The declassification of the government's Global Positioning System (GPS) in 1983 cracked open the door to commercial development of geolocation data. But it's only been in the past few years, with the rise of the social web and mobile technology, that the business possibilities around geospatial data have blown that door off its hinges.
Simply put, geolocation data locates a person, a computer, or a point of interest on a map. It is generally determined through GPS, IP address, Wi-Fi network location, cell phone location, or self-reporting via location-based services (LBS).
The rollout of Google Earth in June 2005 provided the first mass market glimpse of what incorporating geospatial data with other data could achieve. Andre Doumitt, CEO of Geosemble Technologies, which provides automatic techniques for extracting and fusing geospatial data sets, says, "Google Earth was the electromagnetic pulse that shook everyone up. People were saying 'Holy cow! We can use maps like that?"'
We can, and we will do more of it. Gartner anticipates that by the end of 2011, more than 75% of devices shipped in mature markets will include a GPS that will enable information providers to pinpoint the user's location at any given time. According to Gartner's March 2010 forecast titled "Mobile Devices, Worldwide, 2003-2014, 1Q10 Update," mobile phone sales will return to growth in 2010, after remaining flat in 2009. Much ofthat growth will come from smartphones, with year-over-year growth projected to reach 43%. Those projections, taken together, point out just how critical it will be for information providers to tie digital and real -world data together for their customers on-the-go.
The emergence of consumer-oriented LBSs such as Gowalla, foursquare, and Brightkite garnered plenty of attention, thanks to meteoric growth rates. For example, foursquare clocked its 40 -millionth "check-in" in May 2010, an instance in which a user voluntarily reported his or her location as a means of staying in touch with the social network and in return for points, badges, or special offers. This is impressive for a company that just recently celebrated its first anniversary.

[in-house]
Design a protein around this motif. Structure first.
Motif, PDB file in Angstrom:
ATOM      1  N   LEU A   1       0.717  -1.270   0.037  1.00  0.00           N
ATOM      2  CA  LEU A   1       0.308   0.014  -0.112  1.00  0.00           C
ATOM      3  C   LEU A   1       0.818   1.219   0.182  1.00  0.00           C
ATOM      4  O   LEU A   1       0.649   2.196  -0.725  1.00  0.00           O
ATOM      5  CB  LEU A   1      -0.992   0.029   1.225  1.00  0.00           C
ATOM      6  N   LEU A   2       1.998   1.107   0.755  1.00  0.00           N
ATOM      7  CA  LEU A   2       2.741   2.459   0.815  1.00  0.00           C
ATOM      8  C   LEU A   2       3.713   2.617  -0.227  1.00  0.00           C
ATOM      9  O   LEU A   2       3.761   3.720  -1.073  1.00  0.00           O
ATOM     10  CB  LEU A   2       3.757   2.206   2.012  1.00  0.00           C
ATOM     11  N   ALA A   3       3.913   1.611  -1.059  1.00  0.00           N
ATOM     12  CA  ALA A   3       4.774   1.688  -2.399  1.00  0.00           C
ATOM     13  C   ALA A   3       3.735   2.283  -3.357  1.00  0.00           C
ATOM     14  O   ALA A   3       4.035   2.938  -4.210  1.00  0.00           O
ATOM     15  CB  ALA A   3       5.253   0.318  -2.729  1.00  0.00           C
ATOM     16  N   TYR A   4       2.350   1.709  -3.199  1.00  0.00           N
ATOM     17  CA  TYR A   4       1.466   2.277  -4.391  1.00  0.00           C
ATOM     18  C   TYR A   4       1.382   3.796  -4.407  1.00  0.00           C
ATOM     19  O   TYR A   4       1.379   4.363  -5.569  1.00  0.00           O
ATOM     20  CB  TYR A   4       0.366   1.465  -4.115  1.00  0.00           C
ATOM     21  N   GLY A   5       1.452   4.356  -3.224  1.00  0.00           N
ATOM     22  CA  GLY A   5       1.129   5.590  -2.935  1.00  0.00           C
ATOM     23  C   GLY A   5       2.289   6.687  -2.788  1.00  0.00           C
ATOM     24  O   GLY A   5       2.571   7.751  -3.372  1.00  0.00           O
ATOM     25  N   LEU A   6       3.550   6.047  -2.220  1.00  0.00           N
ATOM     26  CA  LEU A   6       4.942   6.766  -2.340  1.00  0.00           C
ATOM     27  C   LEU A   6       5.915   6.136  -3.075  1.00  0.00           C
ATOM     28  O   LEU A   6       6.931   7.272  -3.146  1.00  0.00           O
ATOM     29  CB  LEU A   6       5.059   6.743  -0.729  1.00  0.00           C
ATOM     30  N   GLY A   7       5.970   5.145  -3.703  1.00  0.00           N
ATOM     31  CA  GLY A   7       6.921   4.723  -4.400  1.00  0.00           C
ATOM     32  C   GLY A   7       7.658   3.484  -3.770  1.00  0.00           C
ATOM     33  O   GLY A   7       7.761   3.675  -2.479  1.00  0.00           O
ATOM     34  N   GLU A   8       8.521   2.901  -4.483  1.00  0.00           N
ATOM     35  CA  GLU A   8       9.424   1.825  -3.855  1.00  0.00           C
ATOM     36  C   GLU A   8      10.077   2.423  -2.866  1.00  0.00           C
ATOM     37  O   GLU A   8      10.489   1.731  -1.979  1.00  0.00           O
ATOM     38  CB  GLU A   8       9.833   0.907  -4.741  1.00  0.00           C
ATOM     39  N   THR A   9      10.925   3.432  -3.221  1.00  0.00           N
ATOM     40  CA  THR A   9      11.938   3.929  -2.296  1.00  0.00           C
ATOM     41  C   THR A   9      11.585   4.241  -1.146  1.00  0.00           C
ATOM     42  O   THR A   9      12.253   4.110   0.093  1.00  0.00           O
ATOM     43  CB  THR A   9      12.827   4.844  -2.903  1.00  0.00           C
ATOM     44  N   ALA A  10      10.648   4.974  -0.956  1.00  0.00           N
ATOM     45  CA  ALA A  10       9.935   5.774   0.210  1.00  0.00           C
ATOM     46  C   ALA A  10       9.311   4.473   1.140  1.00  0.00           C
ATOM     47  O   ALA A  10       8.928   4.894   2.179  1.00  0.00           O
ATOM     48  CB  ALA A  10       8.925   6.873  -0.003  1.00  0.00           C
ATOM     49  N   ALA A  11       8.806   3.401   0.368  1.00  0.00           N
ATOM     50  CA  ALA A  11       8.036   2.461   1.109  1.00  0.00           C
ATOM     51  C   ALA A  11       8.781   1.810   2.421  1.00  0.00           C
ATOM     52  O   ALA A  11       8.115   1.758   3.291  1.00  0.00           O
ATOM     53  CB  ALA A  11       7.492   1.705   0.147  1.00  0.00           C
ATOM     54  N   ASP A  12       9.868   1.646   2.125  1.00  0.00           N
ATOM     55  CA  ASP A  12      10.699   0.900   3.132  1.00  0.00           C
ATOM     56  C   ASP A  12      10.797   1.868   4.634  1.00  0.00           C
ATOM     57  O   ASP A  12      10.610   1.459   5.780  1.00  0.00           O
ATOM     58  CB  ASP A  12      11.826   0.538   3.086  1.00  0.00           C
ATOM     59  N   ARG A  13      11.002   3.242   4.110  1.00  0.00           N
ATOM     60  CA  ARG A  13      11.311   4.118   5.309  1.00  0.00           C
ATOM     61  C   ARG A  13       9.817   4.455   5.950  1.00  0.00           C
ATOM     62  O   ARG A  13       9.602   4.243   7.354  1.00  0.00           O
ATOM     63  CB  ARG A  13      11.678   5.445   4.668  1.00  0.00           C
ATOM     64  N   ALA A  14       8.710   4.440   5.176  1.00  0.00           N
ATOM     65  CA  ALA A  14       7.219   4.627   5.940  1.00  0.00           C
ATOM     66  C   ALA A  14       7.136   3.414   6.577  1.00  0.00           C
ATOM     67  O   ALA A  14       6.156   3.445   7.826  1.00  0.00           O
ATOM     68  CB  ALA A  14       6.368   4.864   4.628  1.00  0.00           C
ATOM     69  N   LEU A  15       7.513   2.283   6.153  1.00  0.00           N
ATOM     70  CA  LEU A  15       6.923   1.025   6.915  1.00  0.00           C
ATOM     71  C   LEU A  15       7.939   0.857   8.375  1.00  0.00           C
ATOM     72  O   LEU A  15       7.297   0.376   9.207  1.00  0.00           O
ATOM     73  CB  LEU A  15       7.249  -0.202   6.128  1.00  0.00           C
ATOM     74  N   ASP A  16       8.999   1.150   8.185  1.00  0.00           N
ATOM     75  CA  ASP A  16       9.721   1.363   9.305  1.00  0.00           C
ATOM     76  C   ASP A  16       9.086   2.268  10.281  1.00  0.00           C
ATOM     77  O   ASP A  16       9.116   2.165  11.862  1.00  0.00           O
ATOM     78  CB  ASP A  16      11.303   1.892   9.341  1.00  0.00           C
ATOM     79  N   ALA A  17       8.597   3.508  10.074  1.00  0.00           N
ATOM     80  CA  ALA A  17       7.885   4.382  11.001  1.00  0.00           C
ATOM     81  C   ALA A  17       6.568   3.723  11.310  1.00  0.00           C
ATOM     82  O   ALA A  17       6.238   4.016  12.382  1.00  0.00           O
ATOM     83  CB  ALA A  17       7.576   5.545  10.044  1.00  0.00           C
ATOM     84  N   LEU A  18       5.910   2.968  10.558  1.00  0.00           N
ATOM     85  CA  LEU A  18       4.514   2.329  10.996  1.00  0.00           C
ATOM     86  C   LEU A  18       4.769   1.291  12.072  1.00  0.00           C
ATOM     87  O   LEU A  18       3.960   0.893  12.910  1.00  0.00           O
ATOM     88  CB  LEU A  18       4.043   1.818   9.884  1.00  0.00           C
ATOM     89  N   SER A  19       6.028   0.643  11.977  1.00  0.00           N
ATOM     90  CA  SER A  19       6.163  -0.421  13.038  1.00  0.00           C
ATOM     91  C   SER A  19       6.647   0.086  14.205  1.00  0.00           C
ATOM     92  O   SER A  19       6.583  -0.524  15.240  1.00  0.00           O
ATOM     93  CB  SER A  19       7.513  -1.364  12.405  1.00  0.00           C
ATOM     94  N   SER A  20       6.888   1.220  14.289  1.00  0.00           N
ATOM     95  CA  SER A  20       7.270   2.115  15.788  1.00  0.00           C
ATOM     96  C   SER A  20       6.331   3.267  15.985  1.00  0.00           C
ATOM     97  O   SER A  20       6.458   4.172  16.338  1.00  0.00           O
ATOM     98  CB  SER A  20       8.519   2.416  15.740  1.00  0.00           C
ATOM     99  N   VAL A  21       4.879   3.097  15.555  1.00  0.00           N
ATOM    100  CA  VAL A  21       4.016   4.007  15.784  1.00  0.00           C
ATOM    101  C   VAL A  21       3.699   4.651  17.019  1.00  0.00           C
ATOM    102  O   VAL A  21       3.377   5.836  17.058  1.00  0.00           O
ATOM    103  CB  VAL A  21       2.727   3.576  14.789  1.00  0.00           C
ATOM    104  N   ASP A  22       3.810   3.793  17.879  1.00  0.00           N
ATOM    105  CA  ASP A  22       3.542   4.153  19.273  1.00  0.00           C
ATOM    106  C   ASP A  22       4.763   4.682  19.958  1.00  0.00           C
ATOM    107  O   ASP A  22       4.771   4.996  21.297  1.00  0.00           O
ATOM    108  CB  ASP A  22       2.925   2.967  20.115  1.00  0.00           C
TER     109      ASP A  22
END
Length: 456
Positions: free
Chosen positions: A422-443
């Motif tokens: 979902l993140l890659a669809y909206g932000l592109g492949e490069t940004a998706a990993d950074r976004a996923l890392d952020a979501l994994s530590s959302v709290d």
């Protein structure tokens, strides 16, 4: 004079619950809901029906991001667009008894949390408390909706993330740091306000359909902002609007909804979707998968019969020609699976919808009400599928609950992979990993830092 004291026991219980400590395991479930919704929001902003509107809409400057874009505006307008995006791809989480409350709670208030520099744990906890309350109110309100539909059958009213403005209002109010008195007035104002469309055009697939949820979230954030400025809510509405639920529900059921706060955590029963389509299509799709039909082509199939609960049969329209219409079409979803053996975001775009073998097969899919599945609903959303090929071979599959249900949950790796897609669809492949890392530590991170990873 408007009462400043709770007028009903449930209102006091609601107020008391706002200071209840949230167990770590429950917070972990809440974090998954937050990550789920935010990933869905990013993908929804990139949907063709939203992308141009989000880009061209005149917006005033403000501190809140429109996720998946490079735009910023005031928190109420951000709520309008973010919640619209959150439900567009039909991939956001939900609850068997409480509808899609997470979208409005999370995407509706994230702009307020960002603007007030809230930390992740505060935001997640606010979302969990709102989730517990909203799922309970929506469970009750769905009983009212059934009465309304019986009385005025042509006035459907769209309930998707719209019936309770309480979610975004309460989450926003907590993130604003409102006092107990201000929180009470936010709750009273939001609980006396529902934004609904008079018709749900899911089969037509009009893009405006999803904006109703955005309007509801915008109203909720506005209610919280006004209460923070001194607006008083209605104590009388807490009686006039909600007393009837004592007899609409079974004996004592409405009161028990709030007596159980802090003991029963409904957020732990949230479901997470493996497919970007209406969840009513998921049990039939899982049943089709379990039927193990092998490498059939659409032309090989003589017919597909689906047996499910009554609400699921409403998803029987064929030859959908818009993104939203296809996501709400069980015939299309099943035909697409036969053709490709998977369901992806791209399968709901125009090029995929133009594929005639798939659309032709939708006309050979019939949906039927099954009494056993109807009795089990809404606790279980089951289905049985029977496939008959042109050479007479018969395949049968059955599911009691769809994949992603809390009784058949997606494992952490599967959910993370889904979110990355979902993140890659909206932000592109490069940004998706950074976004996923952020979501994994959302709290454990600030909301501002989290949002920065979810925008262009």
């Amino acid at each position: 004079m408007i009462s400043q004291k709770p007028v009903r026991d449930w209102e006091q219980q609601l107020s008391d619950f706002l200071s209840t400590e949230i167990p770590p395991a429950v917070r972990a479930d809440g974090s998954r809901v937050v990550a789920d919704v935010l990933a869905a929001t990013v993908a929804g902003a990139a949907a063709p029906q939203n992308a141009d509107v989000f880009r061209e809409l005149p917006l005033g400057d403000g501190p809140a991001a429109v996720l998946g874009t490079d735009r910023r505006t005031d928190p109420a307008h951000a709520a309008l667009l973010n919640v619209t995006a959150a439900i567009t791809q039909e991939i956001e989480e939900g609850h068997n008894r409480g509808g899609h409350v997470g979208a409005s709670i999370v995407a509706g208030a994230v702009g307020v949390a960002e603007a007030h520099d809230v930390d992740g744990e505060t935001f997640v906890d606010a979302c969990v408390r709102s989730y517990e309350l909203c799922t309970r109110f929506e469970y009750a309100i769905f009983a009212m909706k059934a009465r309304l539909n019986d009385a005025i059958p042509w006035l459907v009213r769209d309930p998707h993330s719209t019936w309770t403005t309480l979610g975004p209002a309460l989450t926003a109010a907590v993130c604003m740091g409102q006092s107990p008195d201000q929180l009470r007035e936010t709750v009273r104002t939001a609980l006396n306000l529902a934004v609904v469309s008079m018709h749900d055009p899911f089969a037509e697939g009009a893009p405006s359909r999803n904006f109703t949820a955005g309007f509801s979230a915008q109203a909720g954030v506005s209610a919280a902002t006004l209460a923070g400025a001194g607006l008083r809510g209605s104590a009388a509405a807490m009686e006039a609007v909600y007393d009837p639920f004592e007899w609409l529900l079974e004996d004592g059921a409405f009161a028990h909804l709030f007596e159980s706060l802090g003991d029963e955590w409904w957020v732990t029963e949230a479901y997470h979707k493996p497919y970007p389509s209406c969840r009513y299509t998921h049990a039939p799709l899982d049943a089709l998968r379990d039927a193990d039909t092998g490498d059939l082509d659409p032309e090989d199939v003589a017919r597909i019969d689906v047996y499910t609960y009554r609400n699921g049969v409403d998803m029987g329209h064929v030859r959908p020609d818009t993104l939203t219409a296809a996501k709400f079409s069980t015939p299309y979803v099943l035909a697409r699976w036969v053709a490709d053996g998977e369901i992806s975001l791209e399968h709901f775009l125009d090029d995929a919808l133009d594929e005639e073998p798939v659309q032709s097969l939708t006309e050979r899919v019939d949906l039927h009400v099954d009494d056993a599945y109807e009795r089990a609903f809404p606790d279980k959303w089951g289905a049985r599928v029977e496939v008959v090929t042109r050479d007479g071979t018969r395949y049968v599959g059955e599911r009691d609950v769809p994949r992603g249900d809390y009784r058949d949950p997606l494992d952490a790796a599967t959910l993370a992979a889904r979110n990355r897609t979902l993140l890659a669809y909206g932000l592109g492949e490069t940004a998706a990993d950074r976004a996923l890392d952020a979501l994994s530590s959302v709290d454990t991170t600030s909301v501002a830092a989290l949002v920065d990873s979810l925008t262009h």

But there are plenty of reasons why geolocation data will bring value to vendors and consumers of business information. Improved personalization, decision support, and license administration are only a few areas in which geolocation data can play a larger role.
Helping Personalize and Segment Markets
The initial response to the early days of LBSs, with such companies as Loopt, could have been characterized with a headscratching, "Why?" Why would someone want to report on his or her movements from dry cleaner to bar to gas station, and what possible business applications could ensue?
Retailers figured it out first: implement highly localized ads through geotargeting. For instance, a taquería can award customers a free taco after four visits, or a boutique can offer a discount to users who check in at the front door. These types of offers not only reach a highly targeted market but they also build loyalty and repeat business, both of which are also desirable outcomes in the B2B space. An obvious application of geotargeting would be tailoring special offers available on a website based on the visitor's geographic location.
The Financial Times (FT) is rumored to be working with foursquare on a program to reward users who check in at certain locations, all near university campuses affiliated with top business schools. By checking in at specific locations frequently enough, users will receive a code that lets them unlock premium FT.com subscriptions. The FT initiative builds brand awareness among a targeted set of users likely to look to the media company for their professional information needs once they have graduated.
A corporate or academic library could experiment with LBS incentives to encourage in-person visits during which additional library resources could be highlighted. …